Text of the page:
Answers to Common Questions and nSight’s Approach to the Strategic Planning Process
1. Experience in facilitating the strategic planning process
Melynn blends 25 years in corporate marketing in Fortune 100 companies with 15 years of an approach tailored to the association industry. Our process scales to fit any size organization: national, state and local. We help leaders focus on corporate (organizational) strategy first, in order to allocate precious resources to the right tactics. Melynn’s experience helps associations overcome the biggest internal and external issues to move towards a big, bold vision for the future.
2. Melynn’s approach to facilitation
We believe it takes four interconnected values to make positive change: Brains, Heart, Guts and Energy. Melynn applies these values when working with organizations who invest time to plan for their best future. She will encourage a realistic and courageous conversation about today’s reality and also tomorrow’s possibilities. She urges healthy, respectable debate to get to the real issues facing the association. She will help the group come to the right ‘big’ decisions for your situation.
3. Approach to the strategic planning process and strategic thinking
We begin the planning process unifying your team on who you want to be. Your long range vision is key to developing the best possible strategy. We then challenge our association executives to identify the association, the community and the industry’s most relevant issues, with the member at the center of the conversation. All discussions revolve around how the association ultimately adds or delivers the most relevant value to the member. Our goal is to choose the right big goals, so you can develop the best course of action to show value to the member in a way that makes the association indispensable to the member. Throughout the process, we keep the focus on helping isolate the biggest issues.
4. Key elements of the planning process
There are four key components to our strategy and work best together:
- Research (from many stakeholder groups): could be a combination of focus groups, surveys, questionnaires, interviews
- A purposeful review of the prior plan to establish the current state and what needs more attention
- Live on-site planning workshop, over days or spread out over a year
- Documented plan with specific milestones and measurements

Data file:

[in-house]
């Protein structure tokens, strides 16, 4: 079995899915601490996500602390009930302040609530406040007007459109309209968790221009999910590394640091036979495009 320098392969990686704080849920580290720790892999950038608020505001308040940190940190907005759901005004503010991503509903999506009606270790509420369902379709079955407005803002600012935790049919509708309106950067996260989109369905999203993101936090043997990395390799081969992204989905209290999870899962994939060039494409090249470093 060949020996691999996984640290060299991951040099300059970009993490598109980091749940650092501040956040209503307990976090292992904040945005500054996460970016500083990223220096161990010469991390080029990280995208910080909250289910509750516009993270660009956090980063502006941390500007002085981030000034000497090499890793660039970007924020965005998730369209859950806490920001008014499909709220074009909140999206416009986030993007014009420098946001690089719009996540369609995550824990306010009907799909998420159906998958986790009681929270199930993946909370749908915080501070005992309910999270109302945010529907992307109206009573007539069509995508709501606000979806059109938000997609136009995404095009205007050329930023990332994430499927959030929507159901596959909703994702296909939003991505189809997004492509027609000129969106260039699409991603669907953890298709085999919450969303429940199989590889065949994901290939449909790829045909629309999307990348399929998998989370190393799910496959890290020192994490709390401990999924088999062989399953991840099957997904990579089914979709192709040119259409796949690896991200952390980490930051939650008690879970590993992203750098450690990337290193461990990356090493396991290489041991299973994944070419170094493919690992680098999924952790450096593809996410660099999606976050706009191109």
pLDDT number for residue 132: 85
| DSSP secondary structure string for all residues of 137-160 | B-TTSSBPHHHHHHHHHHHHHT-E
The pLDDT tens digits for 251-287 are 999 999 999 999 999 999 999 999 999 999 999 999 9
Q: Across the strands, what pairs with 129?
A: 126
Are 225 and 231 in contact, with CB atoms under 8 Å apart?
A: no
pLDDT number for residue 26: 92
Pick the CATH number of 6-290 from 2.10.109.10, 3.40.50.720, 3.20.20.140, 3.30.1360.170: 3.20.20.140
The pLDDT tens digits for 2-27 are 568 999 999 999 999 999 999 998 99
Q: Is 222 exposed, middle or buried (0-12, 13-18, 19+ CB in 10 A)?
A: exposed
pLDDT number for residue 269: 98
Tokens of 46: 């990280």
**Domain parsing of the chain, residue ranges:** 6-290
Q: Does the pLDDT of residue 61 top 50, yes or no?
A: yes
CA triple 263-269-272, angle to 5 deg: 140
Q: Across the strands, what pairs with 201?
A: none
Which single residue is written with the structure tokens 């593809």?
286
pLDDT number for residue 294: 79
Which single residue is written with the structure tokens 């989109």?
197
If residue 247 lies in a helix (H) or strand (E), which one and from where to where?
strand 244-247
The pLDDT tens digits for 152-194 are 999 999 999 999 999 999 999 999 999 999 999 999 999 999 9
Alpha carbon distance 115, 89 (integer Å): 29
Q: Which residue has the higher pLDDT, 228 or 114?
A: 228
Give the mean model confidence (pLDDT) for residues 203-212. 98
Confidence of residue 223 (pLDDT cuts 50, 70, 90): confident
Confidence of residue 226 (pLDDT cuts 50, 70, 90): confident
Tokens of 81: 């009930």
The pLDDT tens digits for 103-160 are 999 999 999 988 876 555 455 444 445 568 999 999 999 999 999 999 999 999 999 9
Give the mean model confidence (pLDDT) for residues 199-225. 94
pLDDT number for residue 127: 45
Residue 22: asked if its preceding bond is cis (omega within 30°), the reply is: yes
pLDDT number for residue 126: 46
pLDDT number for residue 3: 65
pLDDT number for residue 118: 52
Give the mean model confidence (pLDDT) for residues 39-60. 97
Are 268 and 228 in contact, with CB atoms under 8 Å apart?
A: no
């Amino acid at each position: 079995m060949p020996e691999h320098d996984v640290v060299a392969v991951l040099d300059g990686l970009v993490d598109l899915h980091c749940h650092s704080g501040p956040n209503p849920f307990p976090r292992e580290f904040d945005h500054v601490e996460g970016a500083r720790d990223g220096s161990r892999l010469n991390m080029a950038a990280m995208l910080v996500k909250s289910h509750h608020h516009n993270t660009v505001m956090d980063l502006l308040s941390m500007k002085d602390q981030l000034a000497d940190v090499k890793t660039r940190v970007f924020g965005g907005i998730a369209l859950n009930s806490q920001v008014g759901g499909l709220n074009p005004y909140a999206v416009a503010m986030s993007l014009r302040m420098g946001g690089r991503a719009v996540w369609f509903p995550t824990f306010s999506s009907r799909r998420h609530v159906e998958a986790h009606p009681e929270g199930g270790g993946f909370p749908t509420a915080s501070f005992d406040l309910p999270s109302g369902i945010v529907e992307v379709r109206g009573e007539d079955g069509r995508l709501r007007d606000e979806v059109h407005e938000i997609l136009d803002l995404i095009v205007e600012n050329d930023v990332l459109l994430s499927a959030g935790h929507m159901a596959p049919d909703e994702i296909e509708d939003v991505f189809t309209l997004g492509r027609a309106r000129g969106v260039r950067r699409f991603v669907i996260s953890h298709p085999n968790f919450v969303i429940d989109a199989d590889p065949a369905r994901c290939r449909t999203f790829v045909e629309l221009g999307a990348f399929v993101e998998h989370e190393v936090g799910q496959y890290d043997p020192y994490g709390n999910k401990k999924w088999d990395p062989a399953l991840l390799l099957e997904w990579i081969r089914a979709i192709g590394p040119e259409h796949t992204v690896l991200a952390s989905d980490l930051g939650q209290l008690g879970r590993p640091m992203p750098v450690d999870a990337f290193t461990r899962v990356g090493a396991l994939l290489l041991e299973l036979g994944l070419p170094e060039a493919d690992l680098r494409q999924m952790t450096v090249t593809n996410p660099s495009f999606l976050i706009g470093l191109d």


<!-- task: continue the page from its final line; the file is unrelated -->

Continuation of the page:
5. Pre-work for a strategy session
We ask every invited guest to complete an important questionnaire prior to the workshop. This is critical input to the session. The first goal is establishing a market scan for conversations at the workshop. The second goal is to urge the attendees to think about the association purposefully as a leadership team in advance of the strategy meeting.
After contract signing, Melynn conferences with the Executive Officer and President (if applicable) to discuss details, history, logistics and any lessons learned from previous planning meetings.
6. Benchmarks and performance measures in the plan.
The plan is laid out to present your:
- Responsible parties to accomplish the plan
We’ll discuss if you prefer your strategy group to develop the initial recommended activities.
Melynn will also give practical ideas during the session for keeping the plan alive, on track and moving forward with the responsible parties actively involved.
7. Timeframe for the plan
Once you determine the most significant, adaptive issues or new initiatives that require your attention, you will likely realize it will take more than one person, one department and one year to accomplish them. In fact, strategic plans are most frequently three year plans. It’ shard to plan for longer than three years out, but that timeframe allow for the proper discovery for the goal to succeed.
We often only outline year one milestones and activities, since the next steps are dependent on this groundwork.
8. Staying focused to your agreed to goals
Your strategic goals should not change during the three-year cycle. However, the methods to reach the goals may change as new information and challenges arise, and it’s possible that goals may take a different ‘angle’ after some time doing the initial stages of planning. Also, when you’re focused on a particular area, new information will likely surface in twelve months.
We recommend at minimum quarterly updates so that the board can stay updated on the progress of the plan. Then, use a full board meeting after twelve months to review the goals, progress, and develop year two milestones to keep the plan moving in a positive direction. A new emergency initiative does not replace a strategic goal.
Many associations formalize this once-a-year look back and look forward and have Melynn come in (or join via webinar) to facilitate the session.